Physical activity is associated with mortality risk. Several studies have shown that people who engage in more moderate-to-vigorous activity and are less sedentary have lower mortality rates. These findings have been further confirmed in meta-analyses in which activity sensors record total activity and statistical models predict mortality risk using accelerometers. These studies show that sensor features improve model performance beyond traditional risk factors, such as smoking and alcohol, independent of demographics.
According to a recent study published in PLOS Digital Health, passive smartphone monitoring of people's walking activity can help construct population-level health and mortality risk models.
Previous studies have used measures of physical fitness, such as walk tests and self-reported walk pace, to predict mortality risk. However, these measures focused on quality rather than quantity of movement. Passive smartphone activity monitoring offers the possibility of population-level analyses using similar metrics.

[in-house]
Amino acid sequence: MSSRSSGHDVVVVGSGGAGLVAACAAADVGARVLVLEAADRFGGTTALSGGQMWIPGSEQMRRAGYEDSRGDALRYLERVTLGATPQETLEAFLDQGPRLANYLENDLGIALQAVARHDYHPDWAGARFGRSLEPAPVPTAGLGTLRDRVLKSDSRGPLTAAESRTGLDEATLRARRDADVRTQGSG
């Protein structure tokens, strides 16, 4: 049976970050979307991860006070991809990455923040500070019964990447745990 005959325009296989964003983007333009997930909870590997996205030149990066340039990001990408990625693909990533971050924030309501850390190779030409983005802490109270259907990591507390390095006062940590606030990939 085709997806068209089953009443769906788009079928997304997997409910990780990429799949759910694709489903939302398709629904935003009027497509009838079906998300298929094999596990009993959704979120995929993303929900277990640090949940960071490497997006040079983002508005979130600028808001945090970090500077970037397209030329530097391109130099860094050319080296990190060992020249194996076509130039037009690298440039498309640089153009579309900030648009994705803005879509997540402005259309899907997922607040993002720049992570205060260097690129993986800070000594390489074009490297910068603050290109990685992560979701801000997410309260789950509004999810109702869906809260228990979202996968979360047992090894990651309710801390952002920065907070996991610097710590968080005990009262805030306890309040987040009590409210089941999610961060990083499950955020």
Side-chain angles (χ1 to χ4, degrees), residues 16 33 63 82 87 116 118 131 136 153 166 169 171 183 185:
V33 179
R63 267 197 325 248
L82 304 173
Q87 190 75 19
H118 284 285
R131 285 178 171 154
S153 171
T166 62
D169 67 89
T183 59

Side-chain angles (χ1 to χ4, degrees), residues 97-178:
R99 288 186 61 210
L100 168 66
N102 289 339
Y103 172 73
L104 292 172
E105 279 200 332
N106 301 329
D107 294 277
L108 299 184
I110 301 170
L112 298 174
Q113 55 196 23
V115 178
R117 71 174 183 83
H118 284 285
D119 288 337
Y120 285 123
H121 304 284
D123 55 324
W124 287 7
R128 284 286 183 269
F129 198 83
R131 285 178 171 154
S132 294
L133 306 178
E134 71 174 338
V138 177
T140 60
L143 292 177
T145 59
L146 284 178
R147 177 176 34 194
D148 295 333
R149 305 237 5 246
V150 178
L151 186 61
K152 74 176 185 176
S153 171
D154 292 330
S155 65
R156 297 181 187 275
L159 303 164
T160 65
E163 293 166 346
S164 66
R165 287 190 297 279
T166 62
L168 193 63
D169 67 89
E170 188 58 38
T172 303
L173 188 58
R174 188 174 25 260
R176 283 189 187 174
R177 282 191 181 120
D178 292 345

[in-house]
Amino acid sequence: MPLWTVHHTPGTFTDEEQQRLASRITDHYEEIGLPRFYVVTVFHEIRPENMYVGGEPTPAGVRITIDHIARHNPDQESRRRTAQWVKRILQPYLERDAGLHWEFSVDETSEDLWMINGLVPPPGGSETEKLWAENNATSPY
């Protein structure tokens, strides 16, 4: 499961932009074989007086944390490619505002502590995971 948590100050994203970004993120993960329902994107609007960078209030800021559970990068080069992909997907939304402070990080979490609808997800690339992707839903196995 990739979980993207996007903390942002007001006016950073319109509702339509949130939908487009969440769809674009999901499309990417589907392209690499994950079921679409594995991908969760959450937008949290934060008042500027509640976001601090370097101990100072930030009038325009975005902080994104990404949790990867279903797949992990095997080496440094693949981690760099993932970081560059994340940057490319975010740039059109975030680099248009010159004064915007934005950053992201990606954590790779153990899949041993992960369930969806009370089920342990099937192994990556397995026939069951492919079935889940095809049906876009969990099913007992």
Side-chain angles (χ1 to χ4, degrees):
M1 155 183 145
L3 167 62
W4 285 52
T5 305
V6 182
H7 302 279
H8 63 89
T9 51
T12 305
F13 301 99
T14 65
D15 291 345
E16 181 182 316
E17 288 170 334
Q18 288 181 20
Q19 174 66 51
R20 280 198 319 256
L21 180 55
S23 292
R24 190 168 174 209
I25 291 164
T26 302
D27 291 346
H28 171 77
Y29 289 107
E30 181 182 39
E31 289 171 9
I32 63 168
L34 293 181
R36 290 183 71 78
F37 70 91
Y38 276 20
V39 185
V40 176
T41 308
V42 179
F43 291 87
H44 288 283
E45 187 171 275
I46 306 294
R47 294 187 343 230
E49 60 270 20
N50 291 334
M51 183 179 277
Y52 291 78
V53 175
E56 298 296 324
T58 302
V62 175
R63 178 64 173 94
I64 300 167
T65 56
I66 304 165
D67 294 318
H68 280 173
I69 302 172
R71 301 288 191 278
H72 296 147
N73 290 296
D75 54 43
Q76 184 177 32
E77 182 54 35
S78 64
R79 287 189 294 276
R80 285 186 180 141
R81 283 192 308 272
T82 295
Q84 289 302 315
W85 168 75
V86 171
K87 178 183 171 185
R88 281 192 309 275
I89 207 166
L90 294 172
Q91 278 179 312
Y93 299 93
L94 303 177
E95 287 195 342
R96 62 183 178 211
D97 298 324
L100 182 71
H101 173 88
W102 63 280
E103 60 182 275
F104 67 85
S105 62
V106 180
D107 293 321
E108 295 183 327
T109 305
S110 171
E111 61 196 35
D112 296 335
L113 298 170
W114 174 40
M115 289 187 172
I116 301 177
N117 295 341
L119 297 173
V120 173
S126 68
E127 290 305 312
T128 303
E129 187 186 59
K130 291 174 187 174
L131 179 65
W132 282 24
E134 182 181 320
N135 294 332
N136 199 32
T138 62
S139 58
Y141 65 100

In this study, 100,000 participants in the UK Biobank national cohort who wore activity monitors with motion sensors were monitored for a week. The wrist activity sensor is different from smartphone sensors, but both can be used to extract information on walking intensity from short bursts of walking. Hence, in a way, they can function as a daily living version of a walk test.
The team validated the predictive models of mortality risk using only six minutes per day of steady walking collected by the activity monitor, combined with demographic characteristics. The equivalent of gait speed calculated from this data predicted 5-year mortality independent of age and sex. The models used only walking intensity to simulate smartphone monitors.
The authors conclude that passive measures with motion sensors can achieve similar accuracy to active measures of gait speed and walk pace and offer a feasible pathway toward national screening for health risk.
Source: PLOS Digital Health
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